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'Bali-style bombings possible in Sabah, Jemaah Islamiyah suspects nabbed last year'
Published on: Saturday, February 20, 2021
By: The Vibes
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Kota Kinabalu: Sabah could see attacks similar to the Bali bombings of 2002 and assault on the JW Marriott hotel in Jakarta a year later if nothing is done to curb Jemaah Islamiyah (JI) activities in the state.

The bombings of nightclubs in Bali had killed 202, while the attack in Jakarta left 12 dead.

Members of the extremist Islamist group were later convicted over the bombings.

Sabah police commissioner Datuk Hazani Ghazali  (pic) said the state is not just a transit point for JI, but also a safe haven to flee arrest, recruit members and raise funds.

He said JI members are able to blend in with the locals, and work at construction sites and factories.

The salaries they take home are then used to fund their militant activities.

“Based on our interrogations, we found out that they (JI members) often make Sabah a transit point, a ‘safe haven’ before moving to the Philippines or Indonesia,” said Hazani.

“They usually come from Indonesia and enter Sabah’s east coast through Tawau, before moving on to the Philippines. 

“There (in the Philippines), they are provided various training, such as in firearms use, bomb-making and combat situations. 

“Their experience in combat will be used to fight in their respective countries.”

He said because of this, there is an urgent need to nip the situation in the bud.

“If we let them roam freely and build a strong network, surely, it will be a threat to peace in Sabah.”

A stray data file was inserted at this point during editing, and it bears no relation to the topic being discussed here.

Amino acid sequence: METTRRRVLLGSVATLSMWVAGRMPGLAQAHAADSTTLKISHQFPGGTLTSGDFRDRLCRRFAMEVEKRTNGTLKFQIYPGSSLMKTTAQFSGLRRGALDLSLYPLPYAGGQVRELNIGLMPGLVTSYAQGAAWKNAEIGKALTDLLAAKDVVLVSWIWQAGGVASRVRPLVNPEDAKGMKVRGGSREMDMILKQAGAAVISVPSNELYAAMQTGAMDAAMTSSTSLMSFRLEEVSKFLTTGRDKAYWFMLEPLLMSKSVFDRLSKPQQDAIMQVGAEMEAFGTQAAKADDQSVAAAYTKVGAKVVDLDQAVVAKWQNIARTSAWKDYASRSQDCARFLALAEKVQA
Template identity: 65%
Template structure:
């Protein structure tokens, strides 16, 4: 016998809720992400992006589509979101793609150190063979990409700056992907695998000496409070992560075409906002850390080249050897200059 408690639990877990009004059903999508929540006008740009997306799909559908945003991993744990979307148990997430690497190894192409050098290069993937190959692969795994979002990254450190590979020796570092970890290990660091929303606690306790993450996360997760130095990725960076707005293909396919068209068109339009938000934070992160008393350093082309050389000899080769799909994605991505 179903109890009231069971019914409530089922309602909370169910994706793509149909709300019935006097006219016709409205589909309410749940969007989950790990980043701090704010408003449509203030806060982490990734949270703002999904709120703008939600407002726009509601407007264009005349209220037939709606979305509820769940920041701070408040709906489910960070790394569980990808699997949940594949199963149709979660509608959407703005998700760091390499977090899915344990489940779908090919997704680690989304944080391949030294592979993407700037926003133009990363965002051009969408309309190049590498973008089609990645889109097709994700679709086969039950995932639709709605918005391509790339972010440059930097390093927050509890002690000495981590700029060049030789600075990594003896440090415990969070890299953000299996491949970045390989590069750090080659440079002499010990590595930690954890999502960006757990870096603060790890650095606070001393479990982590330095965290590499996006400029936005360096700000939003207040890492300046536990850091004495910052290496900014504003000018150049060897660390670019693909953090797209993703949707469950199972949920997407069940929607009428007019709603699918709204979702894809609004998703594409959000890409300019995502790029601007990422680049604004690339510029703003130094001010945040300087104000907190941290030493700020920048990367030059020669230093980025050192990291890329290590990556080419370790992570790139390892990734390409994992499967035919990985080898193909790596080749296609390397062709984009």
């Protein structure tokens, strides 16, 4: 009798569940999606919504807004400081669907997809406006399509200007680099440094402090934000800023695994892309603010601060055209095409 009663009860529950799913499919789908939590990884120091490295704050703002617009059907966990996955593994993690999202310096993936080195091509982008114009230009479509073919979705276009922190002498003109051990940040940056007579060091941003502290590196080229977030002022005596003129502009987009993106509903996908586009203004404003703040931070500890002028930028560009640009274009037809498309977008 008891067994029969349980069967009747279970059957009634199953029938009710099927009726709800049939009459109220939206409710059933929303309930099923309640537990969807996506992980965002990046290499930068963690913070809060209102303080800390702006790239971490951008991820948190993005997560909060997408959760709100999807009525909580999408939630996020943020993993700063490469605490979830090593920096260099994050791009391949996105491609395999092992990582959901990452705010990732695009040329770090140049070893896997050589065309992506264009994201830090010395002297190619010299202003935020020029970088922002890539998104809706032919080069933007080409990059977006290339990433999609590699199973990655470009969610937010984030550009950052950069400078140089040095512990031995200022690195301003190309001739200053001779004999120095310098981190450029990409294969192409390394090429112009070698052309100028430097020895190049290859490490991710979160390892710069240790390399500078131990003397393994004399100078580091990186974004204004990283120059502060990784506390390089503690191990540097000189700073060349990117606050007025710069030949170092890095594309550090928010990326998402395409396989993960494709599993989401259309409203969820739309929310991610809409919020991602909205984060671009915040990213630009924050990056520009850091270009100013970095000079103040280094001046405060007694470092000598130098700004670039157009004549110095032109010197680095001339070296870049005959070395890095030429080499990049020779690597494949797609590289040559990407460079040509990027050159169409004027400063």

Between 2014 and 2020, 83 individuals suspected of involvement with JI have been arrested in Sabah.

Of the total, 38 were locals, 39 from the Philippines and eight were Indonesians.

Hazani said the JI ideology differs among locals, Filipinos and Indonesians.

“The locals can be neutralised during detention and no longer have the extremist ideology that they had before.

“The Filipinos can be classified as 50-50; half of them would change (their ideology), while the rest would stand firm.

“From our experience, 90pc of Indonesian JI members remained steadfast with their fight (after detention).

“We believe this is because they are bound to baiah (oath of allegiance to a leader) and jihad, which influences their way of life.” Hazani said after Filipino detainees are returned to their country, Malaysia ceases to receive any further information about them.

“However, for Indonesian detainees, the embassy (of Indonesia) works with the Royal Malaysia Police to manage their return to Jakarta.

“This means that they are free, but are still under the supervision of their government.

“We have been exchanging information regarding the JI movement,” he said, adding police will continue to monitor JI activities in the state. 



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